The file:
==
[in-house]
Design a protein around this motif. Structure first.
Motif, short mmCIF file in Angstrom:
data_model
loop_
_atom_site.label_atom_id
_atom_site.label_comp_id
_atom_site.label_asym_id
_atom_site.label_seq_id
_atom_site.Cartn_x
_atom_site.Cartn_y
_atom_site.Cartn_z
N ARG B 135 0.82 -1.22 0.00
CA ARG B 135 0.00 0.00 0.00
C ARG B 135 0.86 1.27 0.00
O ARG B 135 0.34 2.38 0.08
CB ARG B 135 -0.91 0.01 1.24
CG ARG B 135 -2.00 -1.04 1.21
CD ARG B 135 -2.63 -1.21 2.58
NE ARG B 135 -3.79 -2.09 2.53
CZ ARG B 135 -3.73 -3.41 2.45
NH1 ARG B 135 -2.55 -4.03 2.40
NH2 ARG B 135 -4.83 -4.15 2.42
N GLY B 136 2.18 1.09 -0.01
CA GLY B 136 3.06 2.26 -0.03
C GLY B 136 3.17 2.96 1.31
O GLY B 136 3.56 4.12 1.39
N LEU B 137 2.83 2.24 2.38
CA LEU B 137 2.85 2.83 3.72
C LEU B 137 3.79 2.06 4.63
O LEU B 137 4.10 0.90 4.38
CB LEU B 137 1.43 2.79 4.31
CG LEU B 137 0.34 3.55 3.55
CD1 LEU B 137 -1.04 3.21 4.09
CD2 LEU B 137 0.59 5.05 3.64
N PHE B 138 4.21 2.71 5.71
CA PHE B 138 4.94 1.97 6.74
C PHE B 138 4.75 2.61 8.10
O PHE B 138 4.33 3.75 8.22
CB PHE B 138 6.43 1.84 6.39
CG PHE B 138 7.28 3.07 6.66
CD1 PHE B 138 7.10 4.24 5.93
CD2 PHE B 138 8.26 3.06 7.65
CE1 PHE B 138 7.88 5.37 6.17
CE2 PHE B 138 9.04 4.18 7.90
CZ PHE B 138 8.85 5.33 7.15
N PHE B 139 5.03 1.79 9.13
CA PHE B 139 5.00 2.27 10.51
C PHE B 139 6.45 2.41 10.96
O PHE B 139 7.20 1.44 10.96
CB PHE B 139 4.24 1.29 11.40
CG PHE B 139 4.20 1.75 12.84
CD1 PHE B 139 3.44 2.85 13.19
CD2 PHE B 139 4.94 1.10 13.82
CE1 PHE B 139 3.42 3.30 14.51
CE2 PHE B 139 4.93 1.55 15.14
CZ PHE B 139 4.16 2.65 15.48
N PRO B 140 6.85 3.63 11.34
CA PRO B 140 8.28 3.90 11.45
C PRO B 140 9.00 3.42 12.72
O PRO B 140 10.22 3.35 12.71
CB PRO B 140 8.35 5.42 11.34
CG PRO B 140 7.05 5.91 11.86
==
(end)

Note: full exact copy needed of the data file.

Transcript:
[in-house]
Design a protein around this motif. Structure first.
Motif, short mmCIF file in Angstrom:
data_model
loop_
_atom_site.label_atom_id
_atom_site.label_comp_id
_atom_site.label_asym_id
_atom_site.label_seq_id
_atom_site.Cartn_x
_atom_site.Cartn_y
_atom_site.Cartn_z
N ARG B 135 0.82 -1.22 0.00
CA ARG B 135 0.00 0.00 0.00
C ARG B 135 0.86 1.27 0.00
O ARG B 135 0.34 2.38 0.08
CB ARG B 135 -0.91 0.01 1.24
CG ARG B 135 -2.00 -1.04 1.21
CD ARG B 135 -2.63 -1.21 2.58
NE ARG B 135 -3.79 -2.09 2.53
CZ ARG B 135 -3.73 -3.41 2.45
NH1 ARG B 135 -2.55 -4.03 2.40
NH2 ARG B 135 -4.83 -4.15 2.42
N GLY B 136 2.18 1.09 -0.01
CA GLY B 136 3.06 2.26 -0.03
C GLY B 136 3.17 2.96 1.31
O GLY B 136 3.56 4.12 1.39
N LEU B 137 2.83 2.24 2.38
CA LEU B 137 2.85 2.83 3.72
C LEU B 137 3.79 2.06 4.63
O LEU B 137 4.10 0.90 4.38
CB LEU B 137 1.43 2.79 4.31
CG LEU B 137 0.34 3.55 3.55
CD1 LEU B 137 -1.04 3.21 4.09
CD2 LEU B 137 0.59 5.05 3.64
N PHE B 138 4.21 2.71 5.71
CA PHE B 138 4.94 1.97 6.74
C PHE B 138 4.75 2.61 8.10
O PHE B 138 4.33 3.75 8.22
CB PHE B 138 6.43 1.84 6.39
CG PHE B 138 7.28 3.07 6.66
CD1 PHE B 138 7.10 4.24 5.93
CD2 PHE B 138 8.26 3.06 7.65
CE1 PHE B 138 7.88 5.37 6.17
CE2 PHE B 138 9.04 4.18 7.90
CZ PHE B 138 8.85 5.33 7.15
N PHE B 139 5.03 1.79 9.13
CA PHE B 139 5.00 2.27 10.51
C PHE B 139 6.45 2.41 10.96
O PHE B 139 7.20 1.44 10.96
CB PHE B 139 4.24 1.29 11.40
CG PHE B 139 4.20 1.75 12.84
CD1 PHE B 139 3.44 2.85 13.19
CD2 PHE B 139 4.94 1.10 13.82
CE1 PHE B 139 3.42 3.30 14.51
CE2 PHE B 139 4.93 1.55 15.14
CZ PHE B 139 4.16 2.65 15.48
N PRO B 140 6.85 3.63 11.34
CA PRO B 140 8.28 3.90 11.45
C PRO B 140 9.00 3.42 12.72
O PRO B 140 10.22 3.35 12.71
CB PRO B 140 8.35 5.42 11.34
CG PRO B 140 7.05 5.91 11.86